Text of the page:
Women in Rhetoric

Gabrielle Miller

Mary Wollstonecraft Godwin

“Mary Wollstonecraft Godwin” by Stifts- och landsbiblioteket i Skara is licensed under CC BY 2.0

Mary Wollstonecraft was a British feminist writer during the Enlightenment in the eighteenth century. Born in 1759, Wollstonecraft was raised in an unstable home environment where her father was financially unsuccessful and abusive. Being the intellectual that she was, Wollstonecraft left home in 1780 in order to create her own successful journey. Wollstonecraft’s most famous text, A Vindication of the Rights of Woman, was written as a response to the Enlightenment essays being published on the rights of man. Although it is considered a feminist and philosophical work first, A Vindication of the Rights of Woman uses a rhetorical approach in order to appeal to the world that women deserved representation, respect, and legal and social equality.

Following the American and French Revolutions, European philosophers and scholars wrote many texts on human rights and the structure of democratic government. However, many of the published works focused heavily on a patriarchal society with laws that seemed as if they were written to protect and include men only. Women were largely viewed as subservient at the time, so representation for women’s rights was almost entirely lacking in these documents. As a response, Mary Wollstonecraft wrote A Vindication of the Rights of Woman in 1791 to provide context to the revolutionized world that women’s rights were of the same importance as men’s.

A Vindication of the Rights of Woman, published in 1792, was—and still is—one of the most influential examples of feminist rhetoric. Wollstonecraft employs logos, ethos, and pathos in her essay, as she was delivering an address on how women should be represented in government and society. Writing that men “[consider] women as females rather than human creatures,” Wollstonecraft starts her vindication strongly with her emotional, powerful claim that women are not viewed as entirely human. Wollstonecraft also noted that she was speaking on behalf of the entire female sex in her pamphlet, which employs both ethos and pathos. She understood that the rights previously outlined by men did not include women and were therefore unethical in their approach. Continuing, she calls into question the logical reasoning of the rights of man outlined so numerously before her. Wollstonecraft writes, “It is necessary to pursue the course of reason as it has been perplexed and involved in error.” She uses logos to identify the flawed logic of the exclusion of women in governing documents and the societal understanding that women were submissive to men in every way. Hopefully appealing to the logic of her audience, Wollstonecraft, throughout her vindication, repeatedly shows that women should be regarded as men’s equals under the law and in the social world.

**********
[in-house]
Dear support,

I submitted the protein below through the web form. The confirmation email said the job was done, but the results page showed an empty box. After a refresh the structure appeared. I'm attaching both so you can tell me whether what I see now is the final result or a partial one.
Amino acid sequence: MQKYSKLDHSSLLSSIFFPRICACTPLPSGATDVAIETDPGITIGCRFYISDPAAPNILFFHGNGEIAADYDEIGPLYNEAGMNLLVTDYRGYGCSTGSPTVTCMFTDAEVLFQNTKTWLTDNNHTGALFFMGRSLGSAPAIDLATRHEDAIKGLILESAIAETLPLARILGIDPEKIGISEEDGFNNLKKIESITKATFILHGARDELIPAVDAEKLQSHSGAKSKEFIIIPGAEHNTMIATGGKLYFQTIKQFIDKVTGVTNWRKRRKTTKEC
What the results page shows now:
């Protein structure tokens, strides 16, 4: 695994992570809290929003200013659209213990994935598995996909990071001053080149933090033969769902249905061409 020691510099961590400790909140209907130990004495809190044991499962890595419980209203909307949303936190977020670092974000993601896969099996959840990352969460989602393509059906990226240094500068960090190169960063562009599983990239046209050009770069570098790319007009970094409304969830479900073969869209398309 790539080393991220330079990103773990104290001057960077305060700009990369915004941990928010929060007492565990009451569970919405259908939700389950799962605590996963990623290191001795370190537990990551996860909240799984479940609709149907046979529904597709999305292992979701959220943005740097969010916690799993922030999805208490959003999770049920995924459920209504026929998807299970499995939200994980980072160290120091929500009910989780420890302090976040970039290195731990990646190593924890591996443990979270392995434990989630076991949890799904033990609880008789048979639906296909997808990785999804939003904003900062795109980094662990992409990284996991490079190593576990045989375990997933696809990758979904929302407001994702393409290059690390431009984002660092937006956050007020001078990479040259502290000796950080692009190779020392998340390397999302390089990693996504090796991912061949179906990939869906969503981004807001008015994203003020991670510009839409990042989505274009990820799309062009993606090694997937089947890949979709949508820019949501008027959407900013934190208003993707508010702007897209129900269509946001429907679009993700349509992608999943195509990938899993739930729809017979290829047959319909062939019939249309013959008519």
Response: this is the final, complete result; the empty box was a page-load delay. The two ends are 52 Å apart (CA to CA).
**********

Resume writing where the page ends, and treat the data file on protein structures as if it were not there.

Mary Wollstonecraft continues to empower generations of like-minded women. She pleaded and reasoned for female representation on a national and international level. In doing so, she used the rhetorical approaches logos, ethos, and pathos in order to efficiently convey her point to her audience and back up her arguments.


  • “Mary Wollstonecraft, A Vindication of the Rights of Woman.” The British Library, The British Library, 6 Feb. 2014, www.bl.uk/collection-items/mary-wollstonecraft-a-vindication-of-the-rights-of-woman.
  • “Mary Wollstonecraft.” Biography.com, A&E Networks Television, 11 May 2020, www.biography.com/scholar/mary-wollstonecraft.
  • Wollstonecraft, Mary. “A Vindication of the Rights of Woman With Strictures on Political and Moral Subjects.” Gutenberg, 2 Nov. 2020, www.gutenberg.org/cache/epub/3420/pg3420.html.


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Open Rhetoric Copyright © by Gabrielle Miller is licensed under a Creative Commons Attribution-NonCommercial 4.0 International License, except where otherwise noted.

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